Unless you’re fresh out school, it may have been awhile since you’ve last had to study for a test. Getting back into gear can be quite difficult. Please use the tips below to help you get the most out of your studying to help you pass that test!
Set a Goal
Besides just having a goal of passing the exam, set a goal of when you want to take the test, so that you have an actual deadline. Also set out when and how long you will study. For example, set a goal to study an hour a day every day. Realistically determine how much time you can dedicate toward studying in a set time period (day, week, etc.).
Write it Down
Research has shown that people retain more information when they write things down. This doesn’t mean that you remember more because you can reference your written notes later. The physical act of writing things down helps to solidify the information in our brains. The better notes you take, the more likely you are to remember the information. Interestingly, even typing out notes is not as effective as physically writing your notes with a pen and paper.
If you’d like to try out this study method of writing out your notes, but you don’t want to kill trees, I’d suggest using a reusable notebook, like a Rocket book that either wipes clean with a damp cloth or gets erased when you pop it into the microwave.
But if you want to keep the information to refer to in the future, you can use regular notebooks. Erasable pens are awesome for this task. It’s invenvitable that you’ll make a mistake somewhere as you furiously take notes. Take comfort in the fact that you can erase what you’ve done.
Reference the Objectives
If the exam provider offers objectives, use them! The Comptia tests definitely provide objectives for each exam. By reviewing the objectives, you’ll know which subjects to concentrate on. If you are not familiar with an objective, learn everything you can about it.
When you think you’re about ready to take the test, go over the objectives again and see if you can describe every single one of the topics listed in the objectives. If you have a bored friend, see if you can teach your friend each of the topics listed. If you aren’t able to explain a topic to someone else, then note what that topic is and go back and learn more about it.
Use a Variety of Study Styles
The general consensus is that there are four different types of learners: visual learners, auditory learners, reading/writing learners, and kinesthetic learners that learn best by actually doing things hands on and experimenting.
There are training materials that come in each of the methods of learning styles. For example, for visual learners there are many training videos. If you’re a visual learner, you may also want to try out concept maps. The gist of concept maps is that you begin with a concept and then branch out with topics related to that main concept. This can help you to visualize how each of the topics are related to each other.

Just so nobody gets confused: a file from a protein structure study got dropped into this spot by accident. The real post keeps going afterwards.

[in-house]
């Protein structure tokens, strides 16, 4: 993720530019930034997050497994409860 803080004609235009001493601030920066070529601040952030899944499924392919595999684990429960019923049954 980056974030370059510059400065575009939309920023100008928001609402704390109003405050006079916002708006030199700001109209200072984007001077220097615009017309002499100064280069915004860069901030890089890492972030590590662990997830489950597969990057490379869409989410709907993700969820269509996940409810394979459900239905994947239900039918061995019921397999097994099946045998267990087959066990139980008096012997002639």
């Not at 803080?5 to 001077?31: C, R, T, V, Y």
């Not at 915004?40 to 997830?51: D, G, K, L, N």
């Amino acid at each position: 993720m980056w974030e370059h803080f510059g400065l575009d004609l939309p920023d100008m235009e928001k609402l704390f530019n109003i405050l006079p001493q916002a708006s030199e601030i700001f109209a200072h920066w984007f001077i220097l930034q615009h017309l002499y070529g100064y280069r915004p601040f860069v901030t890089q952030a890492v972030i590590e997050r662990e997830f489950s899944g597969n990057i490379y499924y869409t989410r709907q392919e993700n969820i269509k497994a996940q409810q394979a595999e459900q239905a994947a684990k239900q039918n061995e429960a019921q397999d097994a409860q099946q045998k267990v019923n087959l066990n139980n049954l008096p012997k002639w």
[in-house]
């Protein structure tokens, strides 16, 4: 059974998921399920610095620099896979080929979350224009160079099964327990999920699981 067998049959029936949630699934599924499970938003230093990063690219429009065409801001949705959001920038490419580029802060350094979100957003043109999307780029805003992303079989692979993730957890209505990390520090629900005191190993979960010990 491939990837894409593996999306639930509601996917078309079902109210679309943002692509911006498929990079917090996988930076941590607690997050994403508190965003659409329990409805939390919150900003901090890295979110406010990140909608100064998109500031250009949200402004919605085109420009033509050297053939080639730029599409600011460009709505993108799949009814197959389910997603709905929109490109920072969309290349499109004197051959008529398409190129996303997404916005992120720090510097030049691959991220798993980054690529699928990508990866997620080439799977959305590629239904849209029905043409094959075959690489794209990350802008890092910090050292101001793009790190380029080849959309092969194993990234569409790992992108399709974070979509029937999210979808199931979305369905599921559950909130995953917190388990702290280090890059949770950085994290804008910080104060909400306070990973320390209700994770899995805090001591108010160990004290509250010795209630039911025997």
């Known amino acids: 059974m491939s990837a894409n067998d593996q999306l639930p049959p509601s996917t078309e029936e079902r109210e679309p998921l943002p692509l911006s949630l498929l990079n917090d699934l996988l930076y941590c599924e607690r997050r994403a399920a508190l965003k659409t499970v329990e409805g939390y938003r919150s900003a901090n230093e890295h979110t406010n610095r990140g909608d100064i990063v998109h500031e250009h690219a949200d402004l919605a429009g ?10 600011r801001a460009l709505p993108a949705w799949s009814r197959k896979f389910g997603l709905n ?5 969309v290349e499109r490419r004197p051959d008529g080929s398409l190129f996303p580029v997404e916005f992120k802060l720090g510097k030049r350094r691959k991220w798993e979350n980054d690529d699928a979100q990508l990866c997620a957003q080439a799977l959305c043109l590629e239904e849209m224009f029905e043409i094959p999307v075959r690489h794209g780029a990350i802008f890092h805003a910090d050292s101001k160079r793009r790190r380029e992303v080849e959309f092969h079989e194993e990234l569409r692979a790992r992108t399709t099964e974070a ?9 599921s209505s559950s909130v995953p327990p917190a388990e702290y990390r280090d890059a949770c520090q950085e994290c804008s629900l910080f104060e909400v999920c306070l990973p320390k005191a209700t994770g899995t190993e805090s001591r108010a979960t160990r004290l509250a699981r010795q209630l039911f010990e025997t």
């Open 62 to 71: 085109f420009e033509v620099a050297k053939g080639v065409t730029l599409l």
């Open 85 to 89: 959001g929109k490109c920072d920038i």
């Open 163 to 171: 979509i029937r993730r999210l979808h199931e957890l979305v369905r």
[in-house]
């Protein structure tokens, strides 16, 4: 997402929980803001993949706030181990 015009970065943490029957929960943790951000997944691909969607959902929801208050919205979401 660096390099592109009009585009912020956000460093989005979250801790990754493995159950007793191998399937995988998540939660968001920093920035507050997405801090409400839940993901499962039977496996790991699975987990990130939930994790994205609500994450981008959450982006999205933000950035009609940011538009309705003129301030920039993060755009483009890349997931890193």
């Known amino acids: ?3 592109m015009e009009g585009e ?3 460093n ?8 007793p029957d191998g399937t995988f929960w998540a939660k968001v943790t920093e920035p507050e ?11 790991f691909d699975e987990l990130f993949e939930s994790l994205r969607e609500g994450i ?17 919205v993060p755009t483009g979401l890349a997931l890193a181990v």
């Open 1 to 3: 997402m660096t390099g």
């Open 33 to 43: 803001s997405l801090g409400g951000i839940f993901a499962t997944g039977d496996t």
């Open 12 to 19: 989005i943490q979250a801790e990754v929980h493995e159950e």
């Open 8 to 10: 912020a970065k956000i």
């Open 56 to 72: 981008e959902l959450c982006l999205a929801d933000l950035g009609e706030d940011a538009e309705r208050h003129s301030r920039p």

I’ve provided a bunch for you in the resources page for each test. If you’re an auditory learner, see if there are podcasts available for your test subject. Podcasts are great because you can listen to them on your commute to work.
If you’re a reading/writing learner, I don’t have to tell you to go grab a book and write some notes. If you’re a kinesthetic learner, many of the resources provide lab exercises, so actually do the labs. For example, if you’re learning about command line scripts, go on your computer and actually perform the command to see how it runs.
Even if you know you’re a particular type of learner, I encourage you to still check out resources for each type of learner group to keep things different and interesting. Always study from 2-3 different sources because they may explain things differently, one of which may resonate more to you, and they may cover topics that another one missed. For the different sources, you may want to take different approaches. For example, just read through your first source to get a general understanding of the concepts. For the second source, start taking notes to commit the information to memory. For the third source, continue taking notes to fill in the gaps from your second source.
Find a Community
You don’t know what you don’t know. If you surround yourself with mentors and people with familiar with your exam subject, the better off you’ll be. You can utilize meetup.com to find a community of likeminded people to help you out. But if you’re introverted like I am, this doesn’t mean that you have to go out and socialize, you can also participate in forums such as reddit.com. For example, subscribing to channels like r/buildapc, r/sysadmin, r/talesfromtechsupport, and of course r/Comptia, are great for expanding your knowledge versus just straight studying from a book or video.
Take Practice Tests
When you feel like you know the information, begin taking practice tests. There may also be mobile apps that test your knowledge. Check out our reference pages for some practice test and apps you can try. Once you consistently score above 80% on multiple tests, then you can feel confident in taking your test. These tests aren’t cheap so you want to be sure you pass it on the first try.